adjective, san·er, san·est.
Origin of sane
Examples from the Web for saner
The heroes ride off into the sunset, leaving the work of rebuilding the world to saner minds unscarred by the horrors of war.Occupy Kiev: What Should Ukraine Do Now With The Heroes of the Maidan?|Vijai Maheshwari|February 26, 2014|DAILY BEAST
He knew she would be working late as the saner minds in Congress sought to end the crisis.
Christie is far behind, in third place in the GOP field, in the saner arena of New Hampshire.A Thinner Chris Christie Still Faces Big Political Challenges|Robert Shrum|May 10, 2013|DAILY BEAST
That, however, counts far less than the reach for a safer country with saner gun laws.
From Dallas in 1963 to Aurora in 2012, we have been summoned to grief—and to a safer, saner society.For Obama, Romney, and America, Gun Control Is Dead|Robert Shrum|July 24, 2012|DAILY BEAST
But the saner men among them saw that, as usual, Mazzini had 184 underrated the danger.
A saner politician would have been silent on the minor question.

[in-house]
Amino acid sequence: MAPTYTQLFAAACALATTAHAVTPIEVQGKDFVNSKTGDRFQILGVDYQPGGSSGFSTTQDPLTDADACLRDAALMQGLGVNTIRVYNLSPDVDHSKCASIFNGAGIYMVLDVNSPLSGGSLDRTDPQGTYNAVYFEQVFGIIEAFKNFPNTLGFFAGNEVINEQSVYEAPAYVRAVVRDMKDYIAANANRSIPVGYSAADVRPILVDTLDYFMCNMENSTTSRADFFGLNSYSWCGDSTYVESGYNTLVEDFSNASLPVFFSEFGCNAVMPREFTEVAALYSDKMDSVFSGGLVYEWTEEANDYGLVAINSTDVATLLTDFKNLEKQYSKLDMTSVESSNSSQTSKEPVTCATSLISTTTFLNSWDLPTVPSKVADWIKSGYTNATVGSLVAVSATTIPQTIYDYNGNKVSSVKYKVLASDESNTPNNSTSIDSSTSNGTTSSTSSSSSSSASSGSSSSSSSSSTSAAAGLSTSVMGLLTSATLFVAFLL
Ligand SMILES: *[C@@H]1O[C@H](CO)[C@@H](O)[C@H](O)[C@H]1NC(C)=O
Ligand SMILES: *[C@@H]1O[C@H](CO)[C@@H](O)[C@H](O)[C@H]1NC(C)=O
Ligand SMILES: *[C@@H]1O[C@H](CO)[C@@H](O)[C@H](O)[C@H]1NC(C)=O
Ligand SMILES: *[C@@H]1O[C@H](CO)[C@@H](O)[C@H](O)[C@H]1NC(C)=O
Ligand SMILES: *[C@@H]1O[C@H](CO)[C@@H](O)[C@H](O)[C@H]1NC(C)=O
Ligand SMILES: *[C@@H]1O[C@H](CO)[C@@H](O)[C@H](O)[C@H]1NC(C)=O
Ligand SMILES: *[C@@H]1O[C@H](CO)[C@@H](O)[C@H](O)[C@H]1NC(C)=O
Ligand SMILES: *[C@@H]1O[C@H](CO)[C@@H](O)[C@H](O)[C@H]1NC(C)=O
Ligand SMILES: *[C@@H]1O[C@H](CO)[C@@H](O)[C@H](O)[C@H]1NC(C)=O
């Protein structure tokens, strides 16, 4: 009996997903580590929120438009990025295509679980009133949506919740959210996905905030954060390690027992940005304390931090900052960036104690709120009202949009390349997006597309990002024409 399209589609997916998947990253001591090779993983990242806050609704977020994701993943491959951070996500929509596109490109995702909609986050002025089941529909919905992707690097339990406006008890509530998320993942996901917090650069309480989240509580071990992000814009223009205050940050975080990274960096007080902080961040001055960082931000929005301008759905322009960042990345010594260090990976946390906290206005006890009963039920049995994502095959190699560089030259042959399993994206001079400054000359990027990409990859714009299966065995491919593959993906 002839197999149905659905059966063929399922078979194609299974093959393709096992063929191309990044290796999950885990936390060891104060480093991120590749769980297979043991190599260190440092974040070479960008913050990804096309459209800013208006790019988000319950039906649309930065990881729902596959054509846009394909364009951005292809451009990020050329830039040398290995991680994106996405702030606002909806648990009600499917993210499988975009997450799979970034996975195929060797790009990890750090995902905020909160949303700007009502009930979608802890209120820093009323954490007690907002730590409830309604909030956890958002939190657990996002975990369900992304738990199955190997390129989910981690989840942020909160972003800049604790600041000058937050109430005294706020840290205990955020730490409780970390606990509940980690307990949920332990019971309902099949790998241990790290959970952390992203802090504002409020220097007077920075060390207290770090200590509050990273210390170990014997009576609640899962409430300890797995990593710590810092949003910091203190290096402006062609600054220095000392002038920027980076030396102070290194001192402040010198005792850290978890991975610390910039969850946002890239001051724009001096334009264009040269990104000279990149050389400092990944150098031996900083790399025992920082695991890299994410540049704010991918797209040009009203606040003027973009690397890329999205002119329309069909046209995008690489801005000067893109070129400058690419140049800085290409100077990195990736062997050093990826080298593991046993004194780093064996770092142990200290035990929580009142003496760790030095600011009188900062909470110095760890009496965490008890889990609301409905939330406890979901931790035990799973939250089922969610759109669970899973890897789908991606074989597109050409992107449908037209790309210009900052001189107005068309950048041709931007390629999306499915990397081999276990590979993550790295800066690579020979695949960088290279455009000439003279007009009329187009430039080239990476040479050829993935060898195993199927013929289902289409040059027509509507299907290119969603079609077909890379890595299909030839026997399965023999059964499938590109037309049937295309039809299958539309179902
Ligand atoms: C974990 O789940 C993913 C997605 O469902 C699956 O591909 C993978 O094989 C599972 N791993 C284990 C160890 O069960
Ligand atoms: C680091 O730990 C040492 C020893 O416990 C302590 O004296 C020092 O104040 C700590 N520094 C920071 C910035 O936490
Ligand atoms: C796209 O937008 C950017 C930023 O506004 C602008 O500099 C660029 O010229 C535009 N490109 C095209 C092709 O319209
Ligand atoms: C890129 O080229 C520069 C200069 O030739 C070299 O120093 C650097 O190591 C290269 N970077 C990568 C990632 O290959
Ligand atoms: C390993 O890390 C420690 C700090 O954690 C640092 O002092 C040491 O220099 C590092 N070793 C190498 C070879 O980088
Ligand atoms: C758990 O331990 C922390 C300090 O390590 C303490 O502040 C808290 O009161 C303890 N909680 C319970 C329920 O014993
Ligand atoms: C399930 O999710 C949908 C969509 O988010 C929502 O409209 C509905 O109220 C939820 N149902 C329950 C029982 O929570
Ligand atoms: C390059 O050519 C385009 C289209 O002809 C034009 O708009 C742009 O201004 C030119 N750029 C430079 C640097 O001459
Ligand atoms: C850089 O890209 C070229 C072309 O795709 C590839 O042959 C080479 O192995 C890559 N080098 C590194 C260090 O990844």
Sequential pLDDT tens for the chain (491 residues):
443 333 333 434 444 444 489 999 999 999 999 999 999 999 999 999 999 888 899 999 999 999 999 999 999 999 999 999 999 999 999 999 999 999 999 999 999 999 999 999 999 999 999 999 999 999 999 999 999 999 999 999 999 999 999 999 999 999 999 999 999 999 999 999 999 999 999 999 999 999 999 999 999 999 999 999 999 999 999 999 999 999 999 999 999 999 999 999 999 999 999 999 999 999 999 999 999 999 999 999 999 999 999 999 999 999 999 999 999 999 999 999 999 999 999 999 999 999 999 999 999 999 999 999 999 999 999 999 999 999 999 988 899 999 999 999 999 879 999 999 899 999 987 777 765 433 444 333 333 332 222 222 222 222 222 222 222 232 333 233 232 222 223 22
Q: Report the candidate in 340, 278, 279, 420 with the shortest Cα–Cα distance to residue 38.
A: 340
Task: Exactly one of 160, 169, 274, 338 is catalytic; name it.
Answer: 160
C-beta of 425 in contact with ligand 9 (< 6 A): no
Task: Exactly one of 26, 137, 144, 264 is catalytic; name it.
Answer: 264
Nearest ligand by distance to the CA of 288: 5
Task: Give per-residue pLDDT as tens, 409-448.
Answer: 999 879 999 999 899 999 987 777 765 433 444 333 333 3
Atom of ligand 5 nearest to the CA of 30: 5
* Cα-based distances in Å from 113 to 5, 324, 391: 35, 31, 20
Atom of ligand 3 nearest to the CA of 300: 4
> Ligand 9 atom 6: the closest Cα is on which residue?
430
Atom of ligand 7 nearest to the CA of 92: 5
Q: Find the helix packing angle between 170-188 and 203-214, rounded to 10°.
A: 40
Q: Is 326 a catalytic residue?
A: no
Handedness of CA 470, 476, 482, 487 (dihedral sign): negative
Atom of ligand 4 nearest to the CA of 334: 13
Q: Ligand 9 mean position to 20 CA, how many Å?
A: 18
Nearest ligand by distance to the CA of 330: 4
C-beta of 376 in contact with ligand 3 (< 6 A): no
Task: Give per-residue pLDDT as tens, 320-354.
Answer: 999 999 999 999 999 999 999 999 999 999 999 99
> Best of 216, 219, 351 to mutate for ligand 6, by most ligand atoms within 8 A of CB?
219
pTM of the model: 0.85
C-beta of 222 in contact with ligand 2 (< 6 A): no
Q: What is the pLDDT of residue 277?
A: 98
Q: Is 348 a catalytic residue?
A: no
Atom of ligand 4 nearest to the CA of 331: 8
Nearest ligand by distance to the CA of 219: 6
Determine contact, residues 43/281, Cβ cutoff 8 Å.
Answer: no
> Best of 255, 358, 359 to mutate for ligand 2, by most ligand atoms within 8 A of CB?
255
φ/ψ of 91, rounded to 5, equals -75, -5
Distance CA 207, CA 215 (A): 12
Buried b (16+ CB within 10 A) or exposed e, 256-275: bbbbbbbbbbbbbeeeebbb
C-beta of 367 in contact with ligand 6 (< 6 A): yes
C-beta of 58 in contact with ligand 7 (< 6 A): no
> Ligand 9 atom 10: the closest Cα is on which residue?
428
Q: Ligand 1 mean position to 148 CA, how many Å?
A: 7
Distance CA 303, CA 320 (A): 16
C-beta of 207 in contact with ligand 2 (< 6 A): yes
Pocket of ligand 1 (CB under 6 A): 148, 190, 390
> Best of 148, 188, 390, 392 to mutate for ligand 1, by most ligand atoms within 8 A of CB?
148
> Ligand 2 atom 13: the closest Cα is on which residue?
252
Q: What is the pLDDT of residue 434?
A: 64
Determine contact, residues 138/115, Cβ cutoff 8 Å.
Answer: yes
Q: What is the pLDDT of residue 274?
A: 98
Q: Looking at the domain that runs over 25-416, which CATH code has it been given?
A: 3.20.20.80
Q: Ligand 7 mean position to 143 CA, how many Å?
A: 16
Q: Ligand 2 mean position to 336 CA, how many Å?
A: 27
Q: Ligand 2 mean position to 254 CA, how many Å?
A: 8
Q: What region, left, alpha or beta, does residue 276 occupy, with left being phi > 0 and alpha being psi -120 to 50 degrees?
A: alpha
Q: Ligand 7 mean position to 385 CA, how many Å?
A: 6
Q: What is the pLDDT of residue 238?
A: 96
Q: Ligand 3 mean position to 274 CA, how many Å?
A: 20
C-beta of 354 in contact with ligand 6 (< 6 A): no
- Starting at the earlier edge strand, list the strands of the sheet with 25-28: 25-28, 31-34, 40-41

He took his daily shower bath, and he felt himself stronger and saner.Doctor Pascal|Emile Zola
So prudent was he, that of his saner matrimonial project the world in general took no note.The Divine Fire|May Sinclair
But was there no saner way of teaching him the lesson of patience?The Bible Unveiled|M. M. Mangasarian
British Dictionary definitions for saner
Word Origin for sane
Word Origin and History for saner
1721, back-formation from sanity or else from Latin sanus "sound, healthy," in figurative or transferred use, "of sound mind, rational, sane," also, of style, "correct;" of uncertain origin. Used earlier, of the body, with the sense of "healthy" (1620s). Related: Sanely.